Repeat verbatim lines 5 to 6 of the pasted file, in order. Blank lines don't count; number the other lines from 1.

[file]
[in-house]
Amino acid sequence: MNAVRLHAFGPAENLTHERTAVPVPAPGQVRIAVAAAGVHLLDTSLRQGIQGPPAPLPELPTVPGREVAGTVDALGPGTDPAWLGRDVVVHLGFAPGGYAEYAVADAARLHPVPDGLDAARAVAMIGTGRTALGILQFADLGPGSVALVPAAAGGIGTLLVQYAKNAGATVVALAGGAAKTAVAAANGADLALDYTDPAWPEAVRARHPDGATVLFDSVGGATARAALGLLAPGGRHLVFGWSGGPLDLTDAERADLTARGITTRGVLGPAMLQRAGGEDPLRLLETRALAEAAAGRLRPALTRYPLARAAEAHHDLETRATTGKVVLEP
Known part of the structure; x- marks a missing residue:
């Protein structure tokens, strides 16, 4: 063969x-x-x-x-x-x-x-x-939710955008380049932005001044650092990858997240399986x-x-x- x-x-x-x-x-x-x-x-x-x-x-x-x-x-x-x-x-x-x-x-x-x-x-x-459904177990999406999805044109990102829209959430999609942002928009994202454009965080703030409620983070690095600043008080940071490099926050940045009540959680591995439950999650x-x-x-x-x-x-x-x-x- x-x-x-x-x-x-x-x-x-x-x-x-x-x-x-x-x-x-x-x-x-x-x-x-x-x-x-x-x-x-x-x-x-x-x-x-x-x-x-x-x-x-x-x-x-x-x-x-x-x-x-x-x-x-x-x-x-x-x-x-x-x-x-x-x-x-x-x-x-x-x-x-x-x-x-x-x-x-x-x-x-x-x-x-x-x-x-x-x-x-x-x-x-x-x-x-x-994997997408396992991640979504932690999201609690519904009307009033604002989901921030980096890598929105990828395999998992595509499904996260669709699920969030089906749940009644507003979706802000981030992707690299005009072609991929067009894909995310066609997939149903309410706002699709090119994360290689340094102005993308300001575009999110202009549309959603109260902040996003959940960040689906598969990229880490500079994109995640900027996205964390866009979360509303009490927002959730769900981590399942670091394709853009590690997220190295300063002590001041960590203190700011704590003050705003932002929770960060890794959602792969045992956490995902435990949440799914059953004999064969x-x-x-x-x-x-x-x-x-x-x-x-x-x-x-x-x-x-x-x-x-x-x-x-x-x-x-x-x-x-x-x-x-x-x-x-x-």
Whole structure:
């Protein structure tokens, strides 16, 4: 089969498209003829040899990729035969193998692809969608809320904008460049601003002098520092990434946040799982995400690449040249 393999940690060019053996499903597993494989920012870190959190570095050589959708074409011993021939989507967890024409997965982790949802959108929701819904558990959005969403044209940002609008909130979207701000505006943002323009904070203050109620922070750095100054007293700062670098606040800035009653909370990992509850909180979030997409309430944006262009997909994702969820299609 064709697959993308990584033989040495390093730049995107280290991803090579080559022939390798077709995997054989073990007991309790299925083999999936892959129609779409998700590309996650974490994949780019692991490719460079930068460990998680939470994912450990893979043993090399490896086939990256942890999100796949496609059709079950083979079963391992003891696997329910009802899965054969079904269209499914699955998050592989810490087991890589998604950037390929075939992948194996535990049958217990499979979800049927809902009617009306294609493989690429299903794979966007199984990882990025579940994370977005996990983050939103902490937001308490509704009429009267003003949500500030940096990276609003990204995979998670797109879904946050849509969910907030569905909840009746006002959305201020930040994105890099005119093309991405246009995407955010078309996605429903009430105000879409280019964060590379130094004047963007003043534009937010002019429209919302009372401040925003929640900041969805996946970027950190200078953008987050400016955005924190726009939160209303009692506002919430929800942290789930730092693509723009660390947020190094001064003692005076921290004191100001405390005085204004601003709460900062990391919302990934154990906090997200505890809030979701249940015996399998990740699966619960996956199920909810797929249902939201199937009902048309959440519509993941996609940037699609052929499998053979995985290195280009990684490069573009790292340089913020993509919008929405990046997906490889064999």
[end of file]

Whole structure:
């Protein structure tokens, strides 16, 4: 089969498209003829040899990729035969193998692809969608809320904008460049601003002098520092990434946040799982995400690449040249 393999940690060019053996499903597993494989920012870190959190570095050589959708074409011993021939989507967890024409997965982790949802959108929701819904558990959005969403044209940002609008909130979207701000505006943002323009904070203050109620922070750095100054007293700062670098606040800035009653909370990992509850909180979030997409309430944006262009997909994702969820299609 064709697959993308990584033989040495390093730049995107280290991803090579080559022939390798077709995997054989073990007991309790299925083999999936892959129609779409998700590309996650974490994949780019692991490719460079930068460990998680939470994912450990893979043993090399490896086939990256942890999100796949496609059709079950083979079963391992003891696997329910009802899965054969079904269209499914699955998050592989810490087991890589998604950037390929075939992948194996535990049958217990499979979800049927809902009617009306294609493989690429299903794979966007199984990882990025579940994370977005996990983050939103902490937001308490509704009429009267003003949500500030940096990276609003990204995979998670797109879904946050849509969910907030569905909840009746006002959305201020930040994105890099005119093309991405246009995407955010078309996605429903009430105000879409280019964060590379130094004047963007003043534009937010002019429209919302009372401040925003929640900041969805996946970027950190200078953008987050400016955005924190726009939160209303009692506002919430929800942290789930730092693509723009660390947020190094001064003692005076921290004191100001405390005085204004601003709460900062990391919302990934154990906090997200505890809030979701249940015996399998990740699966619960996956199920909810797929249902939201199937009902048309959440519509993941996609940037699609052929499998053979995985290195280009990684490069573009790292340089913020993509919008929405990046997906490889064999």